Open-source hardware movement wins a surprise supporter. Microsoft joins Open Compute project, shares its server design ideas.
Microsoft In 2013: 7 Lessons Learned
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The open-source hardware movement got a new and unlikely convert Tuesday in the form of Microsoft, the company that so vehemently resisted the admission of Linux into the datacenter. Microsoft's membership was announced at the fifth Open Compute Summit, which convened in San Jose, Calif., on Tuesday.
Microsoft has a lot to contribute to an open-source hardware organization, said Bill Laing, corporate VP of the company's Server and Cloud Division. "Microsoft is pleased and proud to be here today. We've been inspired by the example of Facebook and all the contributors to Open Compute," Laing told about 3,300 attendees at the San Jose Convention Center.
Mirosoft has invested more than $1 billion in building a global presence with Azure cloud datacenters. It is running a million servers, he said. Unlike Facebook, however, Microsoft isn't running Azure only from "mega-datacenters." Rather it has a variety of facilities, from a building with a capacity for 300,000 servers outside Chicago and a purpose-built cloud center in Quincy, Wash., to much smaller facilities in other parts of the world, including some co-location facilities, Laing said in an interview after his speech.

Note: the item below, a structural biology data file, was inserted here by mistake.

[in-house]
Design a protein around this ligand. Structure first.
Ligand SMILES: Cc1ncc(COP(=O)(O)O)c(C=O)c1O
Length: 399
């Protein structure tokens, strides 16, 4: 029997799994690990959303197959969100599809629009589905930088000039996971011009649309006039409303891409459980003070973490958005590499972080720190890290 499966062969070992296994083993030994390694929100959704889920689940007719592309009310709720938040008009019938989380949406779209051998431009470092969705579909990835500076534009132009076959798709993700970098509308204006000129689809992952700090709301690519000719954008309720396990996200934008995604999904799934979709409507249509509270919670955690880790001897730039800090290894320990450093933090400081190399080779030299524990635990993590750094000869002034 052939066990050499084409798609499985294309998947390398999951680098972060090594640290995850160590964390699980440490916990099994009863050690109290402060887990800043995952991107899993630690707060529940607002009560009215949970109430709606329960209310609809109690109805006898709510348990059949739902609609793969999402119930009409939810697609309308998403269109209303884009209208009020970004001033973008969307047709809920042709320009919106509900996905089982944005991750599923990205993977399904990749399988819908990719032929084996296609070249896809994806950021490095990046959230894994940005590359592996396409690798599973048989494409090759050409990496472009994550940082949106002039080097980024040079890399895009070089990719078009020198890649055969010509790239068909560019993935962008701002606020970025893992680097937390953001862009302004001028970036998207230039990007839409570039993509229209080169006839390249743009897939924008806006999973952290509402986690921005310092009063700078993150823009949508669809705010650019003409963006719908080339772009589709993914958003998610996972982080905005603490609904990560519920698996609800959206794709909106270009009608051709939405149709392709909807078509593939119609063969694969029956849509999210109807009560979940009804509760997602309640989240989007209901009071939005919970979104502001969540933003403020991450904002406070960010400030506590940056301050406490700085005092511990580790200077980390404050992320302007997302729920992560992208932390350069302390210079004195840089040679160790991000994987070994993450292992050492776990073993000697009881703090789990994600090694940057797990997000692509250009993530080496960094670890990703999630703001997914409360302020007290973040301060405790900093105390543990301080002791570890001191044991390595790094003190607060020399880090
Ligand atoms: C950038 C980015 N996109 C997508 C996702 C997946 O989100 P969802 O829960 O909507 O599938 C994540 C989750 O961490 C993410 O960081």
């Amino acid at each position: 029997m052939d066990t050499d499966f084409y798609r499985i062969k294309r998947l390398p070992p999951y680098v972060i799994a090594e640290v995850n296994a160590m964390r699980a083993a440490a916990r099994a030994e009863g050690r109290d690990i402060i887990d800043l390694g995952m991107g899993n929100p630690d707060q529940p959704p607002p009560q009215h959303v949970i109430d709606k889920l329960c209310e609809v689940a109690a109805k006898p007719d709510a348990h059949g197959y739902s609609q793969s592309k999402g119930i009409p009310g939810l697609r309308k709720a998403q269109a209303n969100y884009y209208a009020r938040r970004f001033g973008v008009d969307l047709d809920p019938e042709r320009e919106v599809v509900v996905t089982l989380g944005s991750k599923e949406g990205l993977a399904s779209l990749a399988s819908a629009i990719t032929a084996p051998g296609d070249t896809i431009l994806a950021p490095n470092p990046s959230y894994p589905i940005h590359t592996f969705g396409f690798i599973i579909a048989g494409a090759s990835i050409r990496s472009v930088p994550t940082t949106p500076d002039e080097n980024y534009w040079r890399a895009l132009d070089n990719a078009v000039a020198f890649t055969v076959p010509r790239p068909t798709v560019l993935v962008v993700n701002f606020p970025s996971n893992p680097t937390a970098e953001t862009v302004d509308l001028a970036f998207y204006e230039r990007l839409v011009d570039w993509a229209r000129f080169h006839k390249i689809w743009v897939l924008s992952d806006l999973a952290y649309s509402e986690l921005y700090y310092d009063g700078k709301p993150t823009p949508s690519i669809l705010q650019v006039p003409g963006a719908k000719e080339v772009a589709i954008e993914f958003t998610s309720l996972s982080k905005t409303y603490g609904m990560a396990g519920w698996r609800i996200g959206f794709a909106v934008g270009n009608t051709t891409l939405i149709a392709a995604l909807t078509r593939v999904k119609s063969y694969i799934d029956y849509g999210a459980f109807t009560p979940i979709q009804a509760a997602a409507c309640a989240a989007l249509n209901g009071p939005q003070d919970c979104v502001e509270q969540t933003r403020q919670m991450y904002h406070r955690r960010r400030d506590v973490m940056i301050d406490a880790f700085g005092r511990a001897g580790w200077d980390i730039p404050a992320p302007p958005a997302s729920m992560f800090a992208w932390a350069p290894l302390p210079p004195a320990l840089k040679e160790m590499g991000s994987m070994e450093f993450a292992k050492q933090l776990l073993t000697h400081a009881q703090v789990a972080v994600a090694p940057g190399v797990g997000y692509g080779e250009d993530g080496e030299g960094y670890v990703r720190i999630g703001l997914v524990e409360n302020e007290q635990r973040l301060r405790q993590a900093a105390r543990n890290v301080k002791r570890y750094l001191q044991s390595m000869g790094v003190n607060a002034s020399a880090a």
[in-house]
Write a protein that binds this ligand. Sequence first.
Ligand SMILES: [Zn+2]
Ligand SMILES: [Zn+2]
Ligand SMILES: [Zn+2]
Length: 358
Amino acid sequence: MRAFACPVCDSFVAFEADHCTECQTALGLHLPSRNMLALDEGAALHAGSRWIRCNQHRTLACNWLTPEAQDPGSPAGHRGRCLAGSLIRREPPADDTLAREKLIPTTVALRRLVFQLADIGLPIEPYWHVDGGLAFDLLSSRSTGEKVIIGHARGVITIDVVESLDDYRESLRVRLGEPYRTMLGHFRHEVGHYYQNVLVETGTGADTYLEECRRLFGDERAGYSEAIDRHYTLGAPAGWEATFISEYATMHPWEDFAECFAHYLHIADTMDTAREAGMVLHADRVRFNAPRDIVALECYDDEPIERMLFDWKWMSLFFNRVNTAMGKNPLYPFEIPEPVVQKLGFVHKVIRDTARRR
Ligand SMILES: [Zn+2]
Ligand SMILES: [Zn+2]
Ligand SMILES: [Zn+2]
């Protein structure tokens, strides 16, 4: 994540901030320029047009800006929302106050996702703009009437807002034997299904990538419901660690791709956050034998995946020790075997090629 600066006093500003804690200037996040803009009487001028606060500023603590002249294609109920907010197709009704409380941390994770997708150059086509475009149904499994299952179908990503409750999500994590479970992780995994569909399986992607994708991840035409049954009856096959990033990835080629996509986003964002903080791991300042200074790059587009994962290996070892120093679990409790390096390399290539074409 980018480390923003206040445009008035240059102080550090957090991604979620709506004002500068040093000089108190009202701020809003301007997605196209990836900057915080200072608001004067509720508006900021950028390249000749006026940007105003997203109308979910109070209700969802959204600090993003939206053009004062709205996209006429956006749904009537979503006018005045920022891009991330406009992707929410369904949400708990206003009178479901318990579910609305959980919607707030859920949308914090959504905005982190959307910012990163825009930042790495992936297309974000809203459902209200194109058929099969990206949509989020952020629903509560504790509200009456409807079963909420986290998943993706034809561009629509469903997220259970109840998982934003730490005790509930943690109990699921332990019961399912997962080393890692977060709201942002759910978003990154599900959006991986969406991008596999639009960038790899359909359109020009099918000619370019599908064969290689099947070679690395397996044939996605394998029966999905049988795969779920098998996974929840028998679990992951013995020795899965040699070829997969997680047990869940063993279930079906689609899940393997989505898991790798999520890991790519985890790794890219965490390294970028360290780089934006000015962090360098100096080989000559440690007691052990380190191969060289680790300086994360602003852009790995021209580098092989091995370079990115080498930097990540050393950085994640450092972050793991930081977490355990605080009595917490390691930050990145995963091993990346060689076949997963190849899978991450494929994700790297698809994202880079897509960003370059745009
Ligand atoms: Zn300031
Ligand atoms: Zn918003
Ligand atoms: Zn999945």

With these different types of locations in mind, Microsoft had to design a server that would meet multiple demands in a variety of facilities. In some cases it would be the Bing search engine; others may include Office 365, Xbox online gaming, or end-user customers running their own workloads. The Microsoft design, soon to be submitted to OCP, doesn't look anything like the stripped-down motherboard Facebook uses to equip its datacenters.